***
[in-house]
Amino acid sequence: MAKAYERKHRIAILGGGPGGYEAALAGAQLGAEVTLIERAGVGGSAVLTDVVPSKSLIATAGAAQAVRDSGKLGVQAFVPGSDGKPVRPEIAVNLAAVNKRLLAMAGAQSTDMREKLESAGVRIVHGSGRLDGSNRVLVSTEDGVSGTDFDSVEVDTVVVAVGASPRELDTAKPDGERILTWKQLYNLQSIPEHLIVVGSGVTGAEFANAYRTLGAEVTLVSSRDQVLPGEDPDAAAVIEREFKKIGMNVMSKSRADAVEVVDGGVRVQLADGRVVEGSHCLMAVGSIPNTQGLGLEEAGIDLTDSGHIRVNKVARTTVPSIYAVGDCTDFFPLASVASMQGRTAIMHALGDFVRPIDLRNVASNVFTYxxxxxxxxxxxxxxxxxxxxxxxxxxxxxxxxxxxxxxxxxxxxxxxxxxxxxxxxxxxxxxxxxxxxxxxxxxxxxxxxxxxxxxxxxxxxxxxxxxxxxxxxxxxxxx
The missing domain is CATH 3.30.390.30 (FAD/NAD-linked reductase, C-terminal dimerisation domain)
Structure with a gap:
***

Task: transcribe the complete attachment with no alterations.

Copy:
[in-house]
Amino acid sequence: MAKAYERKHRIAILGGGPGGYEAALAGAQLGAEVTLIERAGVGGSAVLTDVVPSKSLIATAGAAQAVRDSGKLGVQAFVPGSDGKPVRPEIAVNLAAVNKRLLAMAGAQSTDMREKLESAGVRIVHGSGRLDGSNRVLVSTEDGVSGTDFDSVEVDTVVVAVGASPRELDTAKPDGERILTWKQLYNLQSIPEHLIVVGSGVTGAEFANAYRTLGAEVTLVSSRDQVLPGEDPDAAAVIEREFKKIGMNVMSKSRADAVEVVDGGVRVQLADGRVVEGSHCLMAVGSIPNTQGLGLEEAGIDLTDSGHIRVNKVARTTVPSIYAVGDCTDFFPLASVASMQGRTAIMHALGDFVRPIDLRNVASNVFTYxxxxxxxxxxxxxxxxxxxxxxxxxxxxxxxxxxxxxxxxxxxxxxxxxxxxxxxxxxxxxxxxxxxxxxxxxxxxxxxxxxxxxxxxxxxxxxxxxxxxxxxxxxxxxx
The missing domain is CATH 3.30.390.30 (FAD/NAD-linked reductase, C-terminal dimerisation domain)
Structure with a gap: